But somebody forgot to tell the English team that. England had gone through to the final undefeated as well, albeit not as impressively as the Australians. But perhaps more importantly, they had played tougher and more competitive matches in the lead up. That included a come from behind one-goal victory against Jamaica in a pulsating semi final.

That match was highlighted by the battle between Geva Mentor and Jhaniele Fowler. For three and a half quarters, Jamaica’s giant shooter Fowler was on top. And so was her team. But Mentor refused to give up, and kept on pressuring Fowler, even when all looked lost.

Slowly but surely, all that pressure from Mentor bore fruit, and she induced some errors in the last quarter. Having been in control, the Sunshine Girls were suddenly flustered in attack. Finally, it was left to Jo Harten who nailed the winning goal for England with one second left, prompting huge celebrations. Final score: England 56 Jamaica 55.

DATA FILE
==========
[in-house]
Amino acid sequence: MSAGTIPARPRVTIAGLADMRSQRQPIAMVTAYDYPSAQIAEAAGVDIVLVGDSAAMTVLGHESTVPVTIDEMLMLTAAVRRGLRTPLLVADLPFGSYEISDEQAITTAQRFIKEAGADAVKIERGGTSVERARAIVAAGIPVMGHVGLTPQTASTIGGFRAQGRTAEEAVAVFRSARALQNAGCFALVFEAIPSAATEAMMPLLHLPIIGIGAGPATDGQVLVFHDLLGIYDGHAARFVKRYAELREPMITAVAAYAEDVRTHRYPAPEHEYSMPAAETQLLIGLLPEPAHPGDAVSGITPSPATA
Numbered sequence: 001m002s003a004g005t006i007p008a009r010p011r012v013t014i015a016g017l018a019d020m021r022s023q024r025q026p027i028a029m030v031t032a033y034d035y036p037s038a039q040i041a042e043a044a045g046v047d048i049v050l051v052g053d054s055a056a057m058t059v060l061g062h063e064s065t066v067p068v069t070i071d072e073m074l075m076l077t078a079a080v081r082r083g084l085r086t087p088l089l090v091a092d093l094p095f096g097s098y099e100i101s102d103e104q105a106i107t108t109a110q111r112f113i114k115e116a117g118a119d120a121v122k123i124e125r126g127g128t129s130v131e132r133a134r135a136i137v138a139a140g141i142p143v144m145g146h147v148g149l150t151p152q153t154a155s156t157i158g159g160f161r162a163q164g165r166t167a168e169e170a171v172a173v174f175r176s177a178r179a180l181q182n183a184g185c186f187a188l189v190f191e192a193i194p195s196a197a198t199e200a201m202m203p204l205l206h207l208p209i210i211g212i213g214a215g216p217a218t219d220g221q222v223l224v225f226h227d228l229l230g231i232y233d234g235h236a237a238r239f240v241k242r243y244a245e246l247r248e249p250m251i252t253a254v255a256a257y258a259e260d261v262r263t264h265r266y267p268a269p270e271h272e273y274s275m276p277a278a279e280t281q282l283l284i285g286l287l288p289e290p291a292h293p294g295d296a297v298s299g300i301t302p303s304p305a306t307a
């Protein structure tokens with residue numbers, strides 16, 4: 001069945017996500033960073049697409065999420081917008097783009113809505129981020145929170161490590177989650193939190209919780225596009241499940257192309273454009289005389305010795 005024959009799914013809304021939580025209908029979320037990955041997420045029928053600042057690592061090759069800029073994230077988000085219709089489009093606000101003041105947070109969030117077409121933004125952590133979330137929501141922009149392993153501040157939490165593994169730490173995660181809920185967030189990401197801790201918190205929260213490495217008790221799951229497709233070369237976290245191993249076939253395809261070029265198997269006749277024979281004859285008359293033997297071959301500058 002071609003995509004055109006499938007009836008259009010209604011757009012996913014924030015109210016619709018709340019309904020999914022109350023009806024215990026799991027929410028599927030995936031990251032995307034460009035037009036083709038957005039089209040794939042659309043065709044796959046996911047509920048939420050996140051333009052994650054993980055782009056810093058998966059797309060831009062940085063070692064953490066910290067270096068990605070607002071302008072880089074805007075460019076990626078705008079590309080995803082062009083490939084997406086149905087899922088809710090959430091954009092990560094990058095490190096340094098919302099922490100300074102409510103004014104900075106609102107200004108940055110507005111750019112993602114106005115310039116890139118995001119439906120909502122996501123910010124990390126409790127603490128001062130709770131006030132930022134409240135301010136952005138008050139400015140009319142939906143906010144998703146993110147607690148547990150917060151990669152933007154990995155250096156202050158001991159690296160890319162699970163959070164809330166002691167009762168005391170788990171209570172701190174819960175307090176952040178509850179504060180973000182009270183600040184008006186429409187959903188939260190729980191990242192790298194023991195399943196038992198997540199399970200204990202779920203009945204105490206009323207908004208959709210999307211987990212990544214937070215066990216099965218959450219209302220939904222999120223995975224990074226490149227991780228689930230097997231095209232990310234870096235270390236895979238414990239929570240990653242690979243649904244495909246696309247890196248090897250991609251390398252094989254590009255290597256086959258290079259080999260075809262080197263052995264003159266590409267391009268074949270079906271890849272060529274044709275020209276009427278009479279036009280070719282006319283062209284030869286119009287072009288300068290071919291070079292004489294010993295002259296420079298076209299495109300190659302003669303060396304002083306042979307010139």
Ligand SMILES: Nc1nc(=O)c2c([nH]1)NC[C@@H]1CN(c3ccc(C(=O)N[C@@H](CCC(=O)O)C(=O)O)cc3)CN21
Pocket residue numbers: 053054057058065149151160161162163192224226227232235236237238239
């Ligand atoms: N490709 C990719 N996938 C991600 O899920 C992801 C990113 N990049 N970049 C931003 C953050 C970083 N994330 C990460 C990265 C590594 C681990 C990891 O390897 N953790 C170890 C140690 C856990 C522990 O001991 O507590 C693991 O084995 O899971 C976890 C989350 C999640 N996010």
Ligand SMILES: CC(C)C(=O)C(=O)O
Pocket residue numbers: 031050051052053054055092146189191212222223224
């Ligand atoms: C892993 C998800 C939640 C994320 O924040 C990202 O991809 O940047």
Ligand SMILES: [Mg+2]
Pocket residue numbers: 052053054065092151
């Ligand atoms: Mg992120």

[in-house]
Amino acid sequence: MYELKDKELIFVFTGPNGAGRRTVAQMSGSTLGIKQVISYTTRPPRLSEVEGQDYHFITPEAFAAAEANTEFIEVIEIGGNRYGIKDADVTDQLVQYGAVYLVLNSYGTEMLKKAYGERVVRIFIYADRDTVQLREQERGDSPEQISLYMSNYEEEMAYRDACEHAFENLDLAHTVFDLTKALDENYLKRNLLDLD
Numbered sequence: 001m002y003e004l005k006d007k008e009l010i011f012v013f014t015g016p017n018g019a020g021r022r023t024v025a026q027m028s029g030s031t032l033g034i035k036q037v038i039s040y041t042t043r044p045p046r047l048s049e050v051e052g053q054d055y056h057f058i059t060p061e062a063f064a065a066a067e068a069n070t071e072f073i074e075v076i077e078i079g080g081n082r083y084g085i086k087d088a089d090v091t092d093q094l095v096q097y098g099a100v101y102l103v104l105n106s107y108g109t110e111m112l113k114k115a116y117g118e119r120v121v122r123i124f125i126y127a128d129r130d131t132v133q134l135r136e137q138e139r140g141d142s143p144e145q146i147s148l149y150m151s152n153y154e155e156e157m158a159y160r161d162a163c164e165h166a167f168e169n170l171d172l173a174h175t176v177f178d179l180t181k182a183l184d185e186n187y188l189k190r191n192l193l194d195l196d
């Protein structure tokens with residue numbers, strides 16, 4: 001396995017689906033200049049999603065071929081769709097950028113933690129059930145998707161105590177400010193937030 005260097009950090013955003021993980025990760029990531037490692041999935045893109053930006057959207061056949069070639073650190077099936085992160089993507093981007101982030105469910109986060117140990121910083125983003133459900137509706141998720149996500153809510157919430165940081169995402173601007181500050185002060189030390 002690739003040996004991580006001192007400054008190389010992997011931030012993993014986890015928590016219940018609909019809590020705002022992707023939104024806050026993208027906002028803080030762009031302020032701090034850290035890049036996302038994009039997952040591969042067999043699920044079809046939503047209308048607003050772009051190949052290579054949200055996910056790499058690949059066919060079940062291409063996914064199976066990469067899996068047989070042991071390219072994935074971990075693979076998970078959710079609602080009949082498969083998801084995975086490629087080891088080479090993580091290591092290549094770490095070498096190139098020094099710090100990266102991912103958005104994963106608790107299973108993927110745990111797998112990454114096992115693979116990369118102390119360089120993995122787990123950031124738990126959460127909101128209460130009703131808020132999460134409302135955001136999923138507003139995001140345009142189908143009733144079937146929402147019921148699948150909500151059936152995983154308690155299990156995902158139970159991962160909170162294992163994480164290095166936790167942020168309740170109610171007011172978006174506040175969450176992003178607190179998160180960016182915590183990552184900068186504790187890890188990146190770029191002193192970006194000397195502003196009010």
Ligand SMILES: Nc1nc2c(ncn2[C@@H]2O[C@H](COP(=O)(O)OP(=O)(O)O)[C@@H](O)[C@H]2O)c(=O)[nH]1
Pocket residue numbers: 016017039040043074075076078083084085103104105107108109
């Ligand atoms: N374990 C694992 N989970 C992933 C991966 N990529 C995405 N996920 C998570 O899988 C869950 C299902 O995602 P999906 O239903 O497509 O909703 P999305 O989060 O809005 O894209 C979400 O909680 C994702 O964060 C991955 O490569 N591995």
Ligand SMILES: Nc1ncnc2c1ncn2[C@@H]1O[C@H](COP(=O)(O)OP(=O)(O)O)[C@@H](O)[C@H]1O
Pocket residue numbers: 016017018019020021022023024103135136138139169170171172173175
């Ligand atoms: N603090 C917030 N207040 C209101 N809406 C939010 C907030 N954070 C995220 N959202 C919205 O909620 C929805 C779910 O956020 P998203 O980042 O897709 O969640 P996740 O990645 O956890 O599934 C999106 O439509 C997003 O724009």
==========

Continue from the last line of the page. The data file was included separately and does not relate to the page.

Jamaican Sunshine Girls upset after their close loss in the Commonwealth Games semi-finals. Photo: Simon Leonard

Leading up to the final, Australia had dominated all of its opponents to such a degree, the proud boast was that they didn’t know what their strongest seven was. Sadly for them, those words would prove prophetic in the battle for the gold medal on Sunday April 15.

It was 25-25 at half time, and under pressure from a composed and motivated England team that just wouldn’t go away, coach Lisa Alexander made a host of changes, while England coach Tracey Neville stuck solid with her regular starting seven.

For England, Mentor had an enormous game once again. She got on top of Australian captain Caitlin Bassett in the first two quarters, then dominated Caitlin Thwaites in the third, before Bassett returned for the final quarter. Mentor had 12 possession gains for the match and was a constant menace when Australia had the ball. Serena Guthrie also starred in the pivotal role of centre.

For Australia, former captain Laura Geitz had five gains in the first half, but was then replaced by Courtney Bruce and spent what would be the last two quarters of her international career on the bench. This was just one of numerous positional changes made by Alexander as she tried to find the winning formula.